How has living day-to-day as a woman affected you? I’ve learned that as a woman I can achieve my dreams and goals if I focus on strengths and put them to work in every area of my life.  And in doing this I have a well-balanced life.

What kind of message would you like to send out to women who are trying to succeed in today’s economy? I truly believe if women would look on the inside of their selves they will find the strength to overcome any situation and circumstance in the economy.

How can people connect with you? They can connect with me on my website:, Twitter: @StyleConstant, Blog:, Facebook Fanpage:, or LinkedIn: Michelle Forrester

C4W Business Member Profile: Ashley T. Caldwell, The Modern Connection

February 9, 2012

What is your profession? Owner and Founder of The Modern Connection, a social media firm based right here in Charleston!

What do you enjoy doing outside of your career? Playing with my rescue dogs, socializing with friends, taking in the sights and sounds of Charleston, reading, shopping and meeting new people!

How long have you been a member of the Center for Women? 2 years

What inspired you to become a member? When I first moved to Charleston and started my company, I heard from so many people in the community about the Center for Women. I couldn’t help but join and have been so grateful I did!

What kind of impact has the Center for Women had on you? The Center for Women has impacted my professional career and business growth tremendously. Everything from networking and meeting other women to speaking to business owners and appearing in the media – The Center fostered positive and beneficial connections I otherwise would not have made.

How has living day-to-day as a woman affected you? Being a woman has allowed me to approach my day-to-day life with power, resourcefulness and intuition as well as empathy and compassion. As a business owner, I feel my femininity provides a powerful advantage and relatability that has helped me succeed.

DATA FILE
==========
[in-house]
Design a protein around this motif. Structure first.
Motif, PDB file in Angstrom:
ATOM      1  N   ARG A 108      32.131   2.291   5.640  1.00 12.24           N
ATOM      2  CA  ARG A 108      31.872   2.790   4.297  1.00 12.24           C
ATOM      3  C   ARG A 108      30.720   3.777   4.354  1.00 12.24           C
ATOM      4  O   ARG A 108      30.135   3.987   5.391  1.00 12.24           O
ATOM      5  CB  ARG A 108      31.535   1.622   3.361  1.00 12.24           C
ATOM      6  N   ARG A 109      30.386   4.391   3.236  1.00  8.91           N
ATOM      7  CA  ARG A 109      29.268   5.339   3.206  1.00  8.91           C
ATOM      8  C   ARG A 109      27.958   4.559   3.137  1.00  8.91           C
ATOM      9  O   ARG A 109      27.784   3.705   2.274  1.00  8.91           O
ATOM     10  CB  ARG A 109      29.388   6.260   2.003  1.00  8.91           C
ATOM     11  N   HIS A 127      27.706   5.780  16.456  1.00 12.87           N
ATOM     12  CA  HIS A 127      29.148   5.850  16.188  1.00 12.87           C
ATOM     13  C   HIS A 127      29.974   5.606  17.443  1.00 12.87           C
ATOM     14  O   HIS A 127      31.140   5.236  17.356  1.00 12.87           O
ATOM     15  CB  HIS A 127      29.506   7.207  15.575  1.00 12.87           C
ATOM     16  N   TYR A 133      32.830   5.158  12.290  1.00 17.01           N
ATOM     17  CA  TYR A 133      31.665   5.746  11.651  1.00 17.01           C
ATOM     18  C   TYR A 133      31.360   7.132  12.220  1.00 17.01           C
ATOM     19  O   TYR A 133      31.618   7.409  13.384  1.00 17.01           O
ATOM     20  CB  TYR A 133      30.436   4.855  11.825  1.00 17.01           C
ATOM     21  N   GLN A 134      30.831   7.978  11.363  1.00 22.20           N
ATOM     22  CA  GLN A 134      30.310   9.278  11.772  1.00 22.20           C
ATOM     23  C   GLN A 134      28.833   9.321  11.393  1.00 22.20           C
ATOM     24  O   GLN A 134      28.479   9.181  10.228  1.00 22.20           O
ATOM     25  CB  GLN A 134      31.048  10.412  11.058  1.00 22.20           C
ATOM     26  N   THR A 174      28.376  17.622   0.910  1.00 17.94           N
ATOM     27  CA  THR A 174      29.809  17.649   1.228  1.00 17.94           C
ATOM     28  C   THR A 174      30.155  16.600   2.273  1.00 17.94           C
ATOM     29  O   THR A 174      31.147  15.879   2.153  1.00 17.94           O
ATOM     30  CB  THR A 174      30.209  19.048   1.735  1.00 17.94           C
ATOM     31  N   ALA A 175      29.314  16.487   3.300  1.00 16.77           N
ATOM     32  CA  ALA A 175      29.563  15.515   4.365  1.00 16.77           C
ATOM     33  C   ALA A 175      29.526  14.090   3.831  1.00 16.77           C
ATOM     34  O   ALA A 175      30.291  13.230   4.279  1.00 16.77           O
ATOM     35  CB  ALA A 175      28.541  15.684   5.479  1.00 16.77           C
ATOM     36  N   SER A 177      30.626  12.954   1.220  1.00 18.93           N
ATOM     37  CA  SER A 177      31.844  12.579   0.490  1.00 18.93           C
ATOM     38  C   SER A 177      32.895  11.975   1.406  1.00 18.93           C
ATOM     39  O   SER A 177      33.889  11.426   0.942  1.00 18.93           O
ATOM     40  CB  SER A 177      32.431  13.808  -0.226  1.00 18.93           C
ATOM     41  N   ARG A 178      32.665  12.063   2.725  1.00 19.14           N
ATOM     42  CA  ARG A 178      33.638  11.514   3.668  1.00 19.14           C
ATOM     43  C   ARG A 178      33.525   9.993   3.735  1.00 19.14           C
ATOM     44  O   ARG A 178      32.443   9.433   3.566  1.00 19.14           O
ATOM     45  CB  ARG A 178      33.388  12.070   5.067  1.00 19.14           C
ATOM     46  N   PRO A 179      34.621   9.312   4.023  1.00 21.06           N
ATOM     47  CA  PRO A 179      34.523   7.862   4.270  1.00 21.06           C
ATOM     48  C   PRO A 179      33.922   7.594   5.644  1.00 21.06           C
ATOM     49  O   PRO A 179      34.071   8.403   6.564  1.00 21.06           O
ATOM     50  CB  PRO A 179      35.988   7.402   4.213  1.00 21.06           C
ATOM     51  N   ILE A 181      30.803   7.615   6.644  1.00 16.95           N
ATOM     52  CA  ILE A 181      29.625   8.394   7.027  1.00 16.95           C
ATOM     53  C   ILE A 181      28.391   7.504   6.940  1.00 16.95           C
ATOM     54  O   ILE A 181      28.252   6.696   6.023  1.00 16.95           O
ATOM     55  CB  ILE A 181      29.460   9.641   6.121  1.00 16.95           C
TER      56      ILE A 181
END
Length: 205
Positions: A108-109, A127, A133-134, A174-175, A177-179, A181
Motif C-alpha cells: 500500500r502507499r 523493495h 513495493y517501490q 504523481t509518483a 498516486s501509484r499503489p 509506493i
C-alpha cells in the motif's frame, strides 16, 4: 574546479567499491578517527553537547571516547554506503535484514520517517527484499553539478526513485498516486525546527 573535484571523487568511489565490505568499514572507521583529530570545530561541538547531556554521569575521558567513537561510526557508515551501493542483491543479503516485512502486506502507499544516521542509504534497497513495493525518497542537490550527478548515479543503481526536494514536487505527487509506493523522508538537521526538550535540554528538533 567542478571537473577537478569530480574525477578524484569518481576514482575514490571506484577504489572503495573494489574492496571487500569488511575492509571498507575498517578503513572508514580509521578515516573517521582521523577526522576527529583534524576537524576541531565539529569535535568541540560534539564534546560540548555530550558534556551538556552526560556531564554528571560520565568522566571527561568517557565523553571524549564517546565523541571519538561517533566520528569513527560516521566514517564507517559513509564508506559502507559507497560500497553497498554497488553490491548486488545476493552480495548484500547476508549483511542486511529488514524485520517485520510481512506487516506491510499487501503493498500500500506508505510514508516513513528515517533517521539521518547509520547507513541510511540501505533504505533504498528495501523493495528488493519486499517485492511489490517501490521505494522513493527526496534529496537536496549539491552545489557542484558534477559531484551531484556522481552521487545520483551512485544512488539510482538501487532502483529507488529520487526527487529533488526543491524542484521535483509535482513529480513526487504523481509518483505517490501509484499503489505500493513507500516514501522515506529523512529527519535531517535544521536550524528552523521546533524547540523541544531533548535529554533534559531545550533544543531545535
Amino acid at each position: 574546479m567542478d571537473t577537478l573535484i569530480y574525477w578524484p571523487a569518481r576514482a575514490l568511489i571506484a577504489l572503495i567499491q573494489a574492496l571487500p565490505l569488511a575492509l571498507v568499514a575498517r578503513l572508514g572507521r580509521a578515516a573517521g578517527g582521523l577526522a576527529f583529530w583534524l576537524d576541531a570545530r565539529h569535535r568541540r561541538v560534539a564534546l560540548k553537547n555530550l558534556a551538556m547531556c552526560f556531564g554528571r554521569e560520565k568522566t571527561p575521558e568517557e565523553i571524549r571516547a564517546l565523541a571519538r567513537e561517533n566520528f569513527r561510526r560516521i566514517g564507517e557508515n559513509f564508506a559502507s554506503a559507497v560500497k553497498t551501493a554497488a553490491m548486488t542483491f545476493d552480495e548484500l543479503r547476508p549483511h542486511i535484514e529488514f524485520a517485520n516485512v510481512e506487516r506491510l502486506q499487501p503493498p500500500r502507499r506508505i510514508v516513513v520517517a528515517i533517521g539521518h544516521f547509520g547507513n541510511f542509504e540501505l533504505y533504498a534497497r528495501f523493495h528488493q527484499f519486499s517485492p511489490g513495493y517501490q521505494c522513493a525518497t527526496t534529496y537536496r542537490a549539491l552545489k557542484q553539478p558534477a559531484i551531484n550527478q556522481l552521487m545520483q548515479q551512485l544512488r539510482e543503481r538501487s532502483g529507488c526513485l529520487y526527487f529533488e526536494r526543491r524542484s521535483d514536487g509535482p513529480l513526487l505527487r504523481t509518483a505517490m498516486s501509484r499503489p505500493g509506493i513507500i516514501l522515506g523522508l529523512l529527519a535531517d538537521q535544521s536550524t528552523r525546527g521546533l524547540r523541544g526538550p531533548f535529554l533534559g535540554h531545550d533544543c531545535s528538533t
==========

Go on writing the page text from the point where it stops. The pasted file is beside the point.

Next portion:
What kind of message would you like to send out to women who are trying to succeed in today’s economy? I’m a firm believer in the idea that if you follow your passion, success will come to you. If you truly love what you do, people can recognize that. Best advice: Do what you love.

How can people connect with you? You can check us out on the web at:, or follow me on Twitter: @AshleyTCaldwell!

Skill-Building for Local Women Leaders

February 3, 2012

Nearly 47 percent of South Carolina organizations have no women in decision-making roles according to a 2008 report by Clemson University’s Arthur M. Spiro Institute for Entrepreneurial Leadership. To prepare more women to step into decision-making roles, the Charleston, S.C. Center for Women has launched a new Women’s Leadership Institute. The Institute is designed to teach Lowcountry women the skills and strategies necessary to become capable leaders. The Center for Women, a 501(c) 3 nonprofit organization and the only comprehensive women’s development center in South Carolina, focuses on making personal and professional success an everyday event for women in the Lowcountry.

“A report from Catalyst, a research organization specializing in expanding opportunities for women and business, reveals that companies having more women in their leadership team have a 34 percent higher return to shareholders,” says Jennet Robinson Alterman, Executive Director of the Center for Women. “Business, government and communities all face a multitude of critical issues and need a pool of women leaders and decision-makers who can resolve pertinent issues and help deliver improved financial performance. We believe the Center can play a key role in equipping local women with the right mix of knowledge, skills and abilities to help prepare them for these positions.”